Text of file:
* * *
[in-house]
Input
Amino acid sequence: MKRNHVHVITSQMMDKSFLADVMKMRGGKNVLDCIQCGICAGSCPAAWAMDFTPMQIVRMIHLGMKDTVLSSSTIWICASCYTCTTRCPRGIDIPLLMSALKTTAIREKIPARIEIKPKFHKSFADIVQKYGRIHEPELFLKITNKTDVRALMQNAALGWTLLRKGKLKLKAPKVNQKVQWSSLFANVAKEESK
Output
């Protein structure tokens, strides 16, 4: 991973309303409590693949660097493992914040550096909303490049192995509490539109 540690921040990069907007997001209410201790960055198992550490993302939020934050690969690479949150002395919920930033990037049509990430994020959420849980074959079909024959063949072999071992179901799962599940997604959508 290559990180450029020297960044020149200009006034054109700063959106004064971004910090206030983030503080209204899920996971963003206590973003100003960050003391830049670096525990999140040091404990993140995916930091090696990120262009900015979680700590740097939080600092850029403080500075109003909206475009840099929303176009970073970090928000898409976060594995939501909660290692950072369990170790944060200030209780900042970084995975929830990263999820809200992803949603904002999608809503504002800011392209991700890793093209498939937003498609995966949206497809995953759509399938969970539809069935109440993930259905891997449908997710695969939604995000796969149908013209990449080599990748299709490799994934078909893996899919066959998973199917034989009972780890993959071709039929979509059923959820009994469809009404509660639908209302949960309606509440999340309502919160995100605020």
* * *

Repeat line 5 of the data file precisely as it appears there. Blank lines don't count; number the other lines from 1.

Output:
């Protein structure tokens, strides 16, 4: 991973309303409590693949660097493992914040550096909303490049192995509490539109 540690921040990069907007997001209410201790960055198992550490993302939020934050690969690479949150002395919920930033990037049509990430994020959420849980074959079909024959063949072999071992179901799962599940997604959508 290559990180450029020297960044020149200009006034054109700063959106004064971004910090206030983030503080209204899920996971963003206590973003100003960050003391830049670096525990999140040091404990993140995916930091090696990120262009900015979680700590740097939080600092850029403080500075109003909206475009840099929303176009970073970090928000898409976060594995939501909660290692950072369990170790944060200030209780900042970084995975929830990263999820809200992803949603904002999608809503504002800011392209991700890793093209498939937003498609995966949206497809995953759509399938969970539809069935109440993930259905891997449908997710695969939604995000796969149908013209990449080599990748299709490799994934078909893996899919066959998973199917034989009972780890993959071709039929979509059923959820009994469809009404509660639908209302949960309606509440999340309502919160995100605020």